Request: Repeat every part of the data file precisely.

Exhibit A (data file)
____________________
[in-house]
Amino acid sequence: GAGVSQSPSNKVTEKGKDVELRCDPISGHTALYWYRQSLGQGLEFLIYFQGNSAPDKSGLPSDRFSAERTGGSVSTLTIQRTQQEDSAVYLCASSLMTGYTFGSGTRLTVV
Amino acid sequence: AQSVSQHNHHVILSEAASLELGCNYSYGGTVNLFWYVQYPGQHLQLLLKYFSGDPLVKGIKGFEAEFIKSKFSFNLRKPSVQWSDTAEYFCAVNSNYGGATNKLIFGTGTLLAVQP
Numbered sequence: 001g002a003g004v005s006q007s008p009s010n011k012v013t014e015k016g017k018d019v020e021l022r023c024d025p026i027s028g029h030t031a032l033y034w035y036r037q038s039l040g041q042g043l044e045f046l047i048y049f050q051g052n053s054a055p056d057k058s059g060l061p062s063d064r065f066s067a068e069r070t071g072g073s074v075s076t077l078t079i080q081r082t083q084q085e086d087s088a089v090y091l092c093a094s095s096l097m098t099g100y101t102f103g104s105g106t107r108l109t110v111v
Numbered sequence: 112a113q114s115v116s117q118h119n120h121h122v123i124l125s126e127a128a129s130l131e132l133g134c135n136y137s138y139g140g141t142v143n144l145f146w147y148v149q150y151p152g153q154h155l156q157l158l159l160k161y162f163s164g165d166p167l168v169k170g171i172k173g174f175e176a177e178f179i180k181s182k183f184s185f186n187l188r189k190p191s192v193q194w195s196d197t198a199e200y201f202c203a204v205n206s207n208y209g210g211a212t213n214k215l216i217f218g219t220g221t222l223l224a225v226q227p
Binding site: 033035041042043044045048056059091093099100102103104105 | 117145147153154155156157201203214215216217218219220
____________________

[in-house]
Amino acid sequence: GAGVSQSPSNKVTEKGKDVELRCDPISGHTALYWYRQSLGQGLEFLIYFQGNSAPDKSGLPSDRFSAERTGGSVSTLTIQRTQQEDSAVYLCASSLMTGYTFGSGTRLTVV
Amino acid sequence: AQSVSQHNHHVILSEAASLELGCNYSYGGTVNLFWYVQYPGQHLQLLLKYFSGDPLVKGIKGFEAEFIKSKFSFNLRKPSVQWSDTAEYFCAVNSNYGGATNKLIFGTGTLLAVQP
Numbered sequence: 001g002a003g004v005s006q007s008p009s010n011k012v013t014e015k016g017k018d019v020e021l022r023c024d025p026i027s028g029h030t031a032l033y034w035y036r037q038s039l040g041q042g043l044e045f046l047i048y049f050q051g052n053s054a055p056d057k058s059g060l061p062s063d064r065f066s067a068e069r070t071g072g073s074v075s076t077l078t079i080q081r082t083q084q085e086d087s088a089v090y091l092c093a094s095s096l097m098t099g100y101t102f103g104s105g106t107r108l109t110v111v
Numbered sequence: 112a113q114s115v116s117q118h119n120h121h122v123i124l125s126e127a128a129s130l131e132l133g134c135n136y137s138y139g140g141t142v143n144l145f146w147y148v149q150y151p152g153q154h155l156q157l158l159l160k161y162f163s164g165d166p167l168v169k170g171i172k173g174f175e176a177e178f179i180k181s182k183f184s185f186n187l188r189k190p191s192v193q194w195s196d197t198a199e200y201f202c203a204v205n206s207n208y209g210g211a212t213n214k215l216i217f218g219t220g221t222l223l224a225v226q227p
Binding site: 033035041042043044045048056059091093099100102103104105 | 117145147153154155156157201203214215216217218219220